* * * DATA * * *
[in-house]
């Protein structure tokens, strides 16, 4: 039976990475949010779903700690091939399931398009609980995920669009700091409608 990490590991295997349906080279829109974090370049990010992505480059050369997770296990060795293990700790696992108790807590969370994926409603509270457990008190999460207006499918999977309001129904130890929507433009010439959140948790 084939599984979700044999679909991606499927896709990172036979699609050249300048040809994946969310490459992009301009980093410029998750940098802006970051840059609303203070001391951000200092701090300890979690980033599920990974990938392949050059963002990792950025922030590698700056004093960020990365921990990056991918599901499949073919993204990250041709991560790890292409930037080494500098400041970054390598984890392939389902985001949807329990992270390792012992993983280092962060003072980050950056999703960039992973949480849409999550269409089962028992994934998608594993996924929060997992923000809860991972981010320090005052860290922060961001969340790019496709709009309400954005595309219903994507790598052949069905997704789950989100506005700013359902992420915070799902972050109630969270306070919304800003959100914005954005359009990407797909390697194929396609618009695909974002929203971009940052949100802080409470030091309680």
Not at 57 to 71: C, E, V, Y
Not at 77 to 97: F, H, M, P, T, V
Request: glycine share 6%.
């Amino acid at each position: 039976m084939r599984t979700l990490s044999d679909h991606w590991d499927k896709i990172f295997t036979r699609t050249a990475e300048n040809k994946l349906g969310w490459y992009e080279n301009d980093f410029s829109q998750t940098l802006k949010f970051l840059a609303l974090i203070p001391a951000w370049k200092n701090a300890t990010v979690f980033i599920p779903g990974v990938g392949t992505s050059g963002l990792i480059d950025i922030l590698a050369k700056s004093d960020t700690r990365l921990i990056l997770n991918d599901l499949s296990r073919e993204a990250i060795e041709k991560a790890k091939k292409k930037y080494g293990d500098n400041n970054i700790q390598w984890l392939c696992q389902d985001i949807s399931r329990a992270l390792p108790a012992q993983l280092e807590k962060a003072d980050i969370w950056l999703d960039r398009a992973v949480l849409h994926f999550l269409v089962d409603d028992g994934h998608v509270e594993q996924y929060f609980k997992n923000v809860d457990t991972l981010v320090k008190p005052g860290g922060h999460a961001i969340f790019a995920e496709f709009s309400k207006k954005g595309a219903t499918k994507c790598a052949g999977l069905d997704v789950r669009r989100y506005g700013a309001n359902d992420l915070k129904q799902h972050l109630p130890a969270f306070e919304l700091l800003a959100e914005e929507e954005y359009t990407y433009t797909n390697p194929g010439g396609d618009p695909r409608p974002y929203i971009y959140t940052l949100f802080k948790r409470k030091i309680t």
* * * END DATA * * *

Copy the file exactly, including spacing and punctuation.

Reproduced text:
[in-house]
């Protein structure tokens, strides 16, 4: 039976990475949010779903700690091939399931398009609980995920669009700091409608 990490590991295997349906080279829109974090370049990010992505480059050369997770296990060795293990700790696992108790807590969370994926409603509270457990008190999460207006499918999977309001129904130890929507433009010439959140948790 084939599984979700044999679909991606499927896709990172036979699609050249300048040809994946969310490459992009301009980093410029998750940098802006970051840059609303203070001391951000200092701090300890979690980033599920990974990938392949050059963002990792950025922030590698700056004093960020990365921990990056991918599901499949073919993204990250041709991560790890292409930037080494500098400041970054390598984890392939389902985001949807329990992270390792012992993983280092962060003072980050950056999703960039992973949480849409999550269409089962028992994934998608594993996924929060997992923000809860991972981010320090005052860290922060961001969340790019496709709009309400954005595309219903994507790598052949069905997704789950989100506005700013359902992420915070799902972050109630969270306070919304800003959100914005954005359009990407797909390697194929396609618009695909974002929203971009940052949100802080409470030091309680």
Not at 57 to 71: C, E, V, Y
Not at 77 to 97: F, H, M, P, T, V
Request: glycine share 6%.
């Amino acid at each position: 039976m084939r599984t979700l990490s044999d679909h991606w590991d499927k896709i990172f295997t036979r699609t050249a990475e300048n040809k994946l349906g969310w490459y992009e080279n301009d980093f410029s829109q998750t940098l802006k949010f970051l840059a609303l974090i203070p001391a951000w370049k200092n701090a300890t990010v979690f980033i599920p779903g990974v990938g392949t992505s050059g963002l990792i480059d950025i922030l590698a050369k700056s004093d960020t700690r990365l921990i990056l997770n991918d599901l499949s296990r073919e993204a990250i060795e041709k991560a790890k091939k292409k930037y080494g293990d500098n400041n970054i700790q390598w984890l392939c696992q389902d985001i949807s399931r329990a992270l390792p108790a012992q993983l280092e807590k962060a003072d980050i969370w950056l999703d960039r398009a992973v949480l849409h994926f999550l269409v089962d409603d028992g994934h998608v509270e594993q996924y929060f609980k997992n923000v809860d457990t991972l981010v320090k008190p005052g860290g922060h999460a961001i969340f790019a995920e496709f709009s309400k207006k954005g595309a219903t499918k994507c790598a052949g999977l069905d997704v789950r669009r989100y506005g700013a309001n359902d992420l915070k129904q799902h972050l109630p130890a969270f306070e919304l700091l800003a959100e914005e929507e954005y359009t990407y433009t797909n390697p194929g010439g396609d618009p695909r409608p974002y929203i971009y959140t940052l949100f802080k948790r409470k030091i309680t």